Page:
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The Grange Observatory is a private, non-profit scientific institution (established in 1993, and certified with astrometry code MPC 476 in IAU Circular 25095 of May 14th, 1995) located in North-Western Italy 50 km W of Turin (details here), whose coordinates in several geodetic systems are:
The observatory with his homemade 300 mm mirror telescope is mainly devoted to astrometry, plus an off-the-shelf 140 mm astrograph at f/5.7 (from 2009), used also for astrometry and the 0.3-m guidance or for speckle imaging, and collaborated with the International Astronomical Union's Minor Planet Center (MPC) of Cambridge, MA, U.S.A., providing data for the planetary model DE405 et seq. to NASA JPL (ICRS/J2000 standard).
Due to the poor visual seeing of the site (typically 4 arcsec star PSFs with a 30 s exposure due to persistent high altitude winds in the area), the standard photometry became the main scientific outcome of the observatory with its optical instruments, requiring astrometry as well. Currently, the HR photometry is performed with the 300 mm telescope with homemade filters for the increased light pollution level. The NEO observations are in the NEODyS website; for the comets observation instead, see MPC Electronic Circulars.
It is to be noted the observatory on 1995/1996 followed the EROS asteroid for the NEAR spacecraft, see details here
Nowadays the astrometric robotic systems made pointless the role of manned, small astrometric observatories with typically few measures per year, which had great importance in the 90's up to 2000, when the MPC codes were tri-numeral (meaning that no more than 1000 "mostly-analogic" observing centers were envisaged with the technology of that time).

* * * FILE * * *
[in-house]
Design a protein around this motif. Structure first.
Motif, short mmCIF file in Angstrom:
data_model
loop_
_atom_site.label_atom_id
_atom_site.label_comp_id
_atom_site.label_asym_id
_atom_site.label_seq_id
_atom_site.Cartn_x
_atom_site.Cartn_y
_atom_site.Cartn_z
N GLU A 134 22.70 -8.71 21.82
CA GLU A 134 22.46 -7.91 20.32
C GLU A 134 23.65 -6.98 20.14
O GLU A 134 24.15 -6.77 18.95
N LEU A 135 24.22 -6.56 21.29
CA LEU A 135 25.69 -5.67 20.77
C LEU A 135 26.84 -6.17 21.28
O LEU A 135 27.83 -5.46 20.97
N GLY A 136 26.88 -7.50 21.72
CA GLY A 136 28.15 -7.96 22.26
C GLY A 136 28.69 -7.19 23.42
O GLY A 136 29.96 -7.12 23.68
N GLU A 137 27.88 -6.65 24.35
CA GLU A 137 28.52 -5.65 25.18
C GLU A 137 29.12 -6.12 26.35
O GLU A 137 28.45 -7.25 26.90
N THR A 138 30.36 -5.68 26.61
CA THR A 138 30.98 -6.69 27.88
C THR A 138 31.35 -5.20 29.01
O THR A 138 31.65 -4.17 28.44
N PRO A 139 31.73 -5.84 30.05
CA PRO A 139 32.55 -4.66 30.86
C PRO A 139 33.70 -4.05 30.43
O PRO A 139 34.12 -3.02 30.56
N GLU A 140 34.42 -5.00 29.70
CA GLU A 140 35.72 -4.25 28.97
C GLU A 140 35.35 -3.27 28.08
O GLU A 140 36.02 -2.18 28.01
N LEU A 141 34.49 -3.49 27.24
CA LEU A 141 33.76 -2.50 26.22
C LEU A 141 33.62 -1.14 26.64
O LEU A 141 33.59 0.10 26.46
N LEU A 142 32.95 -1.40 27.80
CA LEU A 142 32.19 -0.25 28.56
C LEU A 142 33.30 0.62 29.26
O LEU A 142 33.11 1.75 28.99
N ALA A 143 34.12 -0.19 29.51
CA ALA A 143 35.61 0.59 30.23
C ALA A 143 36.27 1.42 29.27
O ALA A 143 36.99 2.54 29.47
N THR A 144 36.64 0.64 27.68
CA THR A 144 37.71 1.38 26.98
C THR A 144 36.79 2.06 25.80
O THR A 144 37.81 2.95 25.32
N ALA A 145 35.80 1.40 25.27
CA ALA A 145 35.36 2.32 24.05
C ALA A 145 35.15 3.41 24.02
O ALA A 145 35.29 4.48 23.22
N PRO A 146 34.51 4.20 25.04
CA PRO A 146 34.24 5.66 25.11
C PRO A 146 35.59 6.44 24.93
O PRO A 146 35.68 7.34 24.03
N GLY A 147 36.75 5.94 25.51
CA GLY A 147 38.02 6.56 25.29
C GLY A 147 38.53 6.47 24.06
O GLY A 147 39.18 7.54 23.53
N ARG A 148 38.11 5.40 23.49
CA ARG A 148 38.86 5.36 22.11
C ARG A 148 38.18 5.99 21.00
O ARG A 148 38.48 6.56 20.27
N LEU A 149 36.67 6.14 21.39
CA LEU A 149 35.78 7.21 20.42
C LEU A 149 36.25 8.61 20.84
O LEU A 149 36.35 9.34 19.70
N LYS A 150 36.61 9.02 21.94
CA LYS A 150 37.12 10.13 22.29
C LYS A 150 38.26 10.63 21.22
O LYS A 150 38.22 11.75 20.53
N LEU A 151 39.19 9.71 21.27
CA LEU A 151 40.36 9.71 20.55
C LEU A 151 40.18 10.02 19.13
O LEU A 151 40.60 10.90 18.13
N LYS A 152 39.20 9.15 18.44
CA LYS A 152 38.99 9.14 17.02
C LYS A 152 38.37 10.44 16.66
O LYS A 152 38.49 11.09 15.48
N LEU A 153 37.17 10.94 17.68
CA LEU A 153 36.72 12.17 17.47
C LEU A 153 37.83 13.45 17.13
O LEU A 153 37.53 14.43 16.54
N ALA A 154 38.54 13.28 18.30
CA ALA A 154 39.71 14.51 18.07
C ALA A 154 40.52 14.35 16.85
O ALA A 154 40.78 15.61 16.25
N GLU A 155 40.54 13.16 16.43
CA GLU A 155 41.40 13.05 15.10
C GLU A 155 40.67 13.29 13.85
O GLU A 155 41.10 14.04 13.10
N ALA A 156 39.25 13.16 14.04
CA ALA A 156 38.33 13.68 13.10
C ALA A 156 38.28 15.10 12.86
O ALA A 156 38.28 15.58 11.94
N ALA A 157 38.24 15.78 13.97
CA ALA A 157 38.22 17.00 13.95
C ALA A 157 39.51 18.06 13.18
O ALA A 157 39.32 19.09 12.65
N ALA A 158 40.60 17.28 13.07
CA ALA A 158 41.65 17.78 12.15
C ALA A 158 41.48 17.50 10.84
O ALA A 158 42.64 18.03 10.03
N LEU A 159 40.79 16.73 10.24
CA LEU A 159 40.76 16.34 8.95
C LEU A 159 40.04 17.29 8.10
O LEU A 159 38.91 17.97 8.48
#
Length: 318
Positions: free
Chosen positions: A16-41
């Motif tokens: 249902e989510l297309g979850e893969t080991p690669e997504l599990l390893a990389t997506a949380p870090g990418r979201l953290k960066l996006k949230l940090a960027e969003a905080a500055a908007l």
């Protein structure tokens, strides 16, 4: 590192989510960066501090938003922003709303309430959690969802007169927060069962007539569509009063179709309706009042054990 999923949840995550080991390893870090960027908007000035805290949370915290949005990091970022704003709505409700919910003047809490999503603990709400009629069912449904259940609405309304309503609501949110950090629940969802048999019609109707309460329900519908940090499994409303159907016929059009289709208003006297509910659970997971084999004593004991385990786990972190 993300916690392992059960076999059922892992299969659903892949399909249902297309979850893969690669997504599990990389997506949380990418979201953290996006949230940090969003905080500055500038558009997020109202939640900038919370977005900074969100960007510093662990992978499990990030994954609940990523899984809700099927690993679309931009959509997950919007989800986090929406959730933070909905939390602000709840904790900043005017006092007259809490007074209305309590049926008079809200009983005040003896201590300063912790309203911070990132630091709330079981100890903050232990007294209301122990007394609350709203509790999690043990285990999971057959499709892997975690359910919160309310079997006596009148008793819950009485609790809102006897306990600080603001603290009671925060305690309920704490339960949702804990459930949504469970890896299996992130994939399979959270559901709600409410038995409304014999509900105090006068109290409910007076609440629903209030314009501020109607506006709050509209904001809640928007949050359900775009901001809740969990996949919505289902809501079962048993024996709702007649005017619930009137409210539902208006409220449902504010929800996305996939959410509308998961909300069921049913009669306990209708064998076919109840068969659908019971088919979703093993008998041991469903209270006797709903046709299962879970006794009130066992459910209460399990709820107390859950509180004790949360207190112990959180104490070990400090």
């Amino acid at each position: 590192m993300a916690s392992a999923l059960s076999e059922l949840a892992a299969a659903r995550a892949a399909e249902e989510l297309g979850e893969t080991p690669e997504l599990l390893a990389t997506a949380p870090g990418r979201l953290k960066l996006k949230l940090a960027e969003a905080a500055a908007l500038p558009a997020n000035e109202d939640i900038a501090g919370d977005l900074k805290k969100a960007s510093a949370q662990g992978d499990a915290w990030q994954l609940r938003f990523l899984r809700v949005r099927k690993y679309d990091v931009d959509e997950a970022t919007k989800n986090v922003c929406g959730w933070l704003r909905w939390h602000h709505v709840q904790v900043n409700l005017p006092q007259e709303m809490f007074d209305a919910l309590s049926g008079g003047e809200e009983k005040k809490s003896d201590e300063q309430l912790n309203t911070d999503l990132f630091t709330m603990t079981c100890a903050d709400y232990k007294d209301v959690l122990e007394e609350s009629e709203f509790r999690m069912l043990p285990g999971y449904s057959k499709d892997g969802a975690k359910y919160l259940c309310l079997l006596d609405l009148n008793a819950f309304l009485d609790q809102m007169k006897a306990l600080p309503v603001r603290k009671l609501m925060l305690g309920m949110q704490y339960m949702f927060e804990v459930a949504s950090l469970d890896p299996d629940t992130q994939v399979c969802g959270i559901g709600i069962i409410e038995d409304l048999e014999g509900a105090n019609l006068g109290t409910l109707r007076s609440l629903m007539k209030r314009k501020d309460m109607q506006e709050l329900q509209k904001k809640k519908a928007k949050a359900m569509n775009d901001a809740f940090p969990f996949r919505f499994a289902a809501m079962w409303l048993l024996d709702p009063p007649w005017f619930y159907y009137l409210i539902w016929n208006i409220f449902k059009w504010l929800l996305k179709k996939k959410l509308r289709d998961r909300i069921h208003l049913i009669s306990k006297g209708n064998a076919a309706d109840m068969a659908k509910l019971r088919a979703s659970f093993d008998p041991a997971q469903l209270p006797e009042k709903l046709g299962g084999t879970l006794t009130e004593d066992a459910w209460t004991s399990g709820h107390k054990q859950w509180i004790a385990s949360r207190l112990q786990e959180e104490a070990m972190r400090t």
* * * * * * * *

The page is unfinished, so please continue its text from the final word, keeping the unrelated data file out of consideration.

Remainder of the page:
As you can notice, today the MPC codes have become alphanumeric, so the modern, robotic observatories can be spotted in the final part of the MPC observatories list webpage.
The 300 mm Cassegrain telescope is self-pointed, as well as the 140 mm white astrograph, and both instruments are used for a variety of imaging and photo-astrometric programs.
The observatory produced all the used Johnson, GAIA DR2 and Sloan photometric filters.
The Grange Obs. contributes to the italian Susa Astronomy Association (AAS) for the preparation of ephemerides and for documents peer review; the skills of the observatory were important to scientifically direct a public structure on the Susa Castle, granted by the Susa Municipality since 2012 and by the AAS association fees plus 5x1000 italian tax donations. There a robotic 12 inch RC is mounted on a 10 Micron DM2000 electronic mount with a 50" LCD screen on wall showing the field. Star parties were organized there during the AAS meetings on the second Friday of the month, but not in July and August or in Italy holidays (in this case the date is put off to the next Friday), or in other occasions. From March, 2020 due to the pandemic situation, the visits are limited and conducted in accordance with sanitary rules.
Please leave your e-mail address to the AAS website to be informed about sudden virtual meeting events.
1995 Grange Obs. view with the old "Electrim EDC 1000 HR" mono CCD, 754x488 pixels
1995 closeup view, with the original 80 mm visual guidescope and an Intel 486 DOS computer
© 476 Grange Observatory